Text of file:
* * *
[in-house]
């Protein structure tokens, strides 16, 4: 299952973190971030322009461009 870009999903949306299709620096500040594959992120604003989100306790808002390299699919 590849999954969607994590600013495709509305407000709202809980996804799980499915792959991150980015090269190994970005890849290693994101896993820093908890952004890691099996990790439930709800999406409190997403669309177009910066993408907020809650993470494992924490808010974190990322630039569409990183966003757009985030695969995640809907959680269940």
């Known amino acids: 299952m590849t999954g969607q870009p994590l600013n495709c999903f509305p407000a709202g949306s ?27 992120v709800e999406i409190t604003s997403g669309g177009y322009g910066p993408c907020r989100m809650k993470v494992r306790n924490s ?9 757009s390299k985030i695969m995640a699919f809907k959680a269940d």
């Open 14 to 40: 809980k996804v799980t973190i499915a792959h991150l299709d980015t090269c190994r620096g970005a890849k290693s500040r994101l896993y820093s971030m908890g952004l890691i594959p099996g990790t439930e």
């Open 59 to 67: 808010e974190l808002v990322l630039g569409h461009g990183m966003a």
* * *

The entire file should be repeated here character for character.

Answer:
[in-house]
């Protein structure tokens, strides 16, 4: 299952973190971030322009461009 870009999903949306299709620096500040594959992120604003989100306790808002390299699919 590849999954969607994590600013495709509305407000709202809980996804799980499915792959991150980015090269190994970005890849290693994101896993820093908890952004890691099996990790439930709800999406409190997403669309177009910066993408907020809650993470494992924490808010974190990322630039569409990183966003757009985030695969995640809907959680269940």
């Known amino acids: 299952m590849t999954g969607q870009p994590l600013n495709c999903f509305p407000a709202g949306s ?27 992120v709800e999406i409190t604003s997403g669309g177009y322009g910066p993408c907020r989100m809650k993470v494992r306790n924490s ?9 757009s390299k985030i695969m995640a699919f809907k959680a269940d």
């Open 14 to 40: 809980k996804v799980t973190i499915a792959h991150l299709d980015t090269c190994r620096g970005a890849k290693s500040r994101l896993y820093s971030m908890g952004l890691i594959p099996g990790t439930e």
């Open 59 to 67: 808010e974190l808002v990322l630039g569409h461009g990183m966003a």